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Posted Oct 10, 2003

Oracle's Default TEMPORARY Tablespaces

By James Koopmann

While we all know that using the SYSTEM tablespace as a temporary tablespace is to be frowned upon, Oracle still lets us assign it as such. Let's take a look at how Oracle suggests handling the creation and assignment of TEMPORARY tablespaces.

Isn't it funny? We have all been told from early on in our DBA carriers that having the SYSTEM tablespace assigned as a TEMPORARY tablespace for any purpose what so ever is highly frowned upon. Yet, Oracle still allows us to implement the SYSTEM tablespace as TEMPORARY for user in our databases. While they are reluctant to make this a constraint when creating users, they have taken a step forward in the fight against DBAs assigning this precious tablespace as a TEMPORARY tablespace.

The Evolution of the New TEMPORARY Tablespace

In the old days, DBAs would create a normal tablespace and assign this to users to use as a temporary tablespace through the CREATE USER or ALTER USER commands. These tablespaces could hold temporary segments and permanent segments. Oracle's position at that time was to advise everyone not to place permanent segments into these tablespaces that were also being used as TEMPORARY tablespaces for users.

Oracle then implemented the notion of a true TEMPORARY tablespace. These TEMPORARY tablespaces were to be assigned to users at creation time and could only hold temporary segments. This was a great step in the right direction because now we could not place permanent objects into them and users could no longer be assigned permanent tablespaces as their temporary tablespaces. The problem was and still is that when you create a user, you might forget to specify the users' temporary tablespace and thus the users' temporary table space would be defined as the SYSTEM tablespace.

Now Oracle has gone yet another step further and allowed us to create a DEFAULT TEMPORARY tablespace for the entire database. The benefit this gives is if we forget to specify a temporary tablespace for the user, they will inherit the DEFAULT TEMPORARY tablespace as theirs. Let's go a bit further and look at the individual pieces that make this all possible.

The SYSTEM Tablespace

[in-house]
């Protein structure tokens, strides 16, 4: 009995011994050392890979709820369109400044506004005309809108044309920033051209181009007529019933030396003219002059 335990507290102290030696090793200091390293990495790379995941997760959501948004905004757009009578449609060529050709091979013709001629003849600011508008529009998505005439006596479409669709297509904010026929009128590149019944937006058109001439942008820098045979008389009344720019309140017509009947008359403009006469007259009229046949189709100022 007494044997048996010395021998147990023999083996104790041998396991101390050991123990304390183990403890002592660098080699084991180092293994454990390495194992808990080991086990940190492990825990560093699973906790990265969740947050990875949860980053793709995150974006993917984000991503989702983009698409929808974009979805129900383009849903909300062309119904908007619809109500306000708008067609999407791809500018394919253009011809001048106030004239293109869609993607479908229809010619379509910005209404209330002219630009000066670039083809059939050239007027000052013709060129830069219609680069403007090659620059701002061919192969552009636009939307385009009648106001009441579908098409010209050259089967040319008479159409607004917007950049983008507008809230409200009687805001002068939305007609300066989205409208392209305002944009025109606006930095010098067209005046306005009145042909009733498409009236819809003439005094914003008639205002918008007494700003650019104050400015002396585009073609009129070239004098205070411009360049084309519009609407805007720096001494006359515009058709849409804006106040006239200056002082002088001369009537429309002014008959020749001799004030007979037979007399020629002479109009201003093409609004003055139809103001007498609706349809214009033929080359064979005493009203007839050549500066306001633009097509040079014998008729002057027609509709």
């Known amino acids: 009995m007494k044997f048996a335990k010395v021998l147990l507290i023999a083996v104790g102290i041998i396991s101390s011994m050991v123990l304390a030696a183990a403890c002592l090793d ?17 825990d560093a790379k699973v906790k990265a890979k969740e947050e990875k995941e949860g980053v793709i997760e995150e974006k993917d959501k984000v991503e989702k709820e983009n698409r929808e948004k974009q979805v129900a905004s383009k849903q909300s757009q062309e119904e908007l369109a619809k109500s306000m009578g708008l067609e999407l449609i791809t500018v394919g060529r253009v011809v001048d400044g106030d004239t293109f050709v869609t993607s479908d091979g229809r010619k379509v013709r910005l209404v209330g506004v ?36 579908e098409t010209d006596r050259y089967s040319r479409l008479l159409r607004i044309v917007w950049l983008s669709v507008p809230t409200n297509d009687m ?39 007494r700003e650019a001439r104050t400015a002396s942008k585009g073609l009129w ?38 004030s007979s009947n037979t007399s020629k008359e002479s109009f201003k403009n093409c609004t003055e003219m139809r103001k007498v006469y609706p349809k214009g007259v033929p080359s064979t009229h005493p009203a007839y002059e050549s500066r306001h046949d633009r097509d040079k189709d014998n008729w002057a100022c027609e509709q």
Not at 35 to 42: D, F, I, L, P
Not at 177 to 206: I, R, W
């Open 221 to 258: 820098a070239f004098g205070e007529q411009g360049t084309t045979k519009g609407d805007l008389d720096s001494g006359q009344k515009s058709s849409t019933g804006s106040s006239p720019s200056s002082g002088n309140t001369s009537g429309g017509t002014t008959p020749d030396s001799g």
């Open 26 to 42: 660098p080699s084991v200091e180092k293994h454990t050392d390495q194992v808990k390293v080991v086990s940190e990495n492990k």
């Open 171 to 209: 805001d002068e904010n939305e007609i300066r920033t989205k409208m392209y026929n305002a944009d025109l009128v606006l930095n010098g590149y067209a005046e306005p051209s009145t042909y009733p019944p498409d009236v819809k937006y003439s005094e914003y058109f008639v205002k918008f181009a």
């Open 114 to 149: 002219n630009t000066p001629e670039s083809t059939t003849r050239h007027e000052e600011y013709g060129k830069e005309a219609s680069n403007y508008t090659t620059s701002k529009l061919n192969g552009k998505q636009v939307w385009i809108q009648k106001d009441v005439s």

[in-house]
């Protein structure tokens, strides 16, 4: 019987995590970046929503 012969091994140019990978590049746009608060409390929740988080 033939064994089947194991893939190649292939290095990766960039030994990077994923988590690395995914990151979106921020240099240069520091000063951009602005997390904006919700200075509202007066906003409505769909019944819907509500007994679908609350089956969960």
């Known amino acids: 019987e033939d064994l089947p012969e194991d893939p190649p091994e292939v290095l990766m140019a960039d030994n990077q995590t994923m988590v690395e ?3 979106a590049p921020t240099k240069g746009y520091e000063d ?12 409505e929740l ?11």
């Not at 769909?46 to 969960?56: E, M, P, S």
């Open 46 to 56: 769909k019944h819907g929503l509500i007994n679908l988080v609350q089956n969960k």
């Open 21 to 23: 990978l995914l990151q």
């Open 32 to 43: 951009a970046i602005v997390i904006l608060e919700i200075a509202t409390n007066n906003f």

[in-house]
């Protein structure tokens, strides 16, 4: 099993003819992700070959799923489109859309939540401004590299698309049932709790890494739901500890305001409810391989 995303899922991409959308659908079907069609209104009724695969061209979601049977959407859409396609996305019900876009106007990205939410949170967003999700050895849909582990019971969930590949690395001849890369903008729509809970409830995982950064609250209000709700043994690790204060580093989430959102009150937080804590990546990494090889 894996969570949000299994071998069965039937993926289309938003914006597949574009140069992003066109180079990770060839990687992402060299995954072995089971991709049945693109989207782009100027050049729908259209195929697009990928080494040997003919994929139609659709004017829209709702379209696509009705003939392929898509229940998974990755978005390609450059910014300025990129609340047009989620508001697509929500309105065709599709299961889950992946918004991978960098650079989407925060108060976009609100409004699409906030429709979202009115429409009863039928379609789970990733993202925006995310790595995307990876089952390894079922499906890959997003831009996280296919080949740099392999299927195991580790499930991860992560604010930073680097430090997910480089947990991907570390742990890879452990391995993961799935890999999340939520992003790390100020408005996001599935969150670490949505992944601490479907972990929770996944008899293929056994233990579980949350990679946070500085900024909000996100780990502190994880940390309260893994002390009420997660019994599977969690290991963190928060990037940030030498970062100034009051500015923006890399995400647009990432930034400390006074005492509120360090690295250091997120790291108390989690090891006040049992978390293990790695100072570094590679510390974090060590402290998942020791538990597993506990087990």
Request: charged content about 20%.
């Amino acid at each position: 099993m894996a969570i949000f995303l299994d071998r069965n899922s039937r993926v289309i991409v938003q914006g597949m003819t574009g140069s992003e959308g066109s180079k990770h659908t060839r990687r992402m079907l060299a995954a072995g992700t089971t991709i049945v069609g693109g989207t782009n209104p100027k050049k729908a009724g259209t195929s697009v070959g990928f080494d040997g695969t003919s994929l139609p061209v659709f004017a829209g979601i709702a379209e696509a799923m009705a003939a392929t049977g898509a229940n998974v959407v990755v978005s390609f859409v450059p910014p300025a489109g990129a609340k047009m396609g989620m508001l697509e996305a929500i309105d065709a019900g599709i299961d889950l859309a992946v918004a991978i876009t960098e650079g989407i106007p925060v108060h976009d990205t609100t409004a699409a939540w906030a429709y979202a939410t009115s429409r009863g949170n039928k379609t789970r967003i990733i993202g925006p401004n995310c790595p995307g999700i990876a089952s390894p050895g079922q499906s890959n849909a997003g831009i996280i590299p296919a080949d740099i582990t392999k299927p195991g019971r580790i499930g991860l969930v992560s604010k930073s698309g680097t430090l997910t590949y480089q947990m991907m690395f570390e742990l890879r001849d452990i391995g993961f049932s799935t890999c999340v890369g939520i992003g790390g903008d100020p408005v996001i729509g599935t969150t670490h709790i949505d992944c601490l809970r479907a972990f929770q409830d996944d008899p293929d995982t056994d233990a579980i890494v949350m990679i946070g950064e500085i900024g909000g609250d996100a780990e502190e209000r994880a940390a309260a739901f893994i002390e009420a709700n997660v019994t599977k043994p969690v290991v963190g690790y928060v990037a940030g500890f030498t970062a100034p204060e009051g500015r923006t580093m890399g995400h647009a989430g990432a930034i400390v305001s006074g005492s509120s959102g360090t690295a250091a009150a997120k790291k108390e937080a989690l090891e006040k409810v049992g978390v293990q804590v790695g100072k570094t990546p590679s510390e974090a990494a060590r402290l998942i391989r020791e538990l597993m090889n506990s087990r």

Discussion of TEMPORARY tablespaces would not be complete if we did not talk about the SYSTEM tablespace. After all, this is from where the true problem stems. If we have not setup a DEFAULT TEMPORARY tablespace properly or specify what temporary tablespace a user gets when creating him, he will be assigned the SYSTEM tablespace as his temporary tablespace.

One way to force yourself into using DEFAULT TEMPORARY tablespaces is to create a database that uses a SYSTEM tablespace that is locally managed. When you do this, by definition, the database must have a default temporary tablespace and this default temporary tablespace cannot be the SYSTEM tablespace. If you go this route and do not want to specify the DEFAULT TEMPORARY TABLESPACE clause, Oracle will take care of that for you and create one itself. Just remember if you go this route, the database cannot have any dictionary managed tablespaces in it.

If you already have a database that uses a dictionary managed SYSTEM tablespace, Oracle will allow you to migrate the dictionary managed SYSTEM tablespace to a locally managed tablespace. You can accomplish this by using the DBMS_SPACE_ADMIN PACKAGE. The statement looks like the statement in Listing 1.

Listing 1
Switch SYSTEM tablespace to locally managed


When doing the migration Listing 2 gives you a few items of which you need to be aware.

Listing 2
Items to be aware of when switching SYSTEM to locally managed tablespace

  1. The database will need to have a DEFAULT TEMPORARY tablespace defined.
  2. Rollback segments must also be in either locally managed tablespaces or must be using undo management.
  3. The system is in restricted mode when performing the switch.
  4. You might want to migrate all tablespaces to locally managed before the SYSTEM tablespace.
  5. You might want a cold backup.

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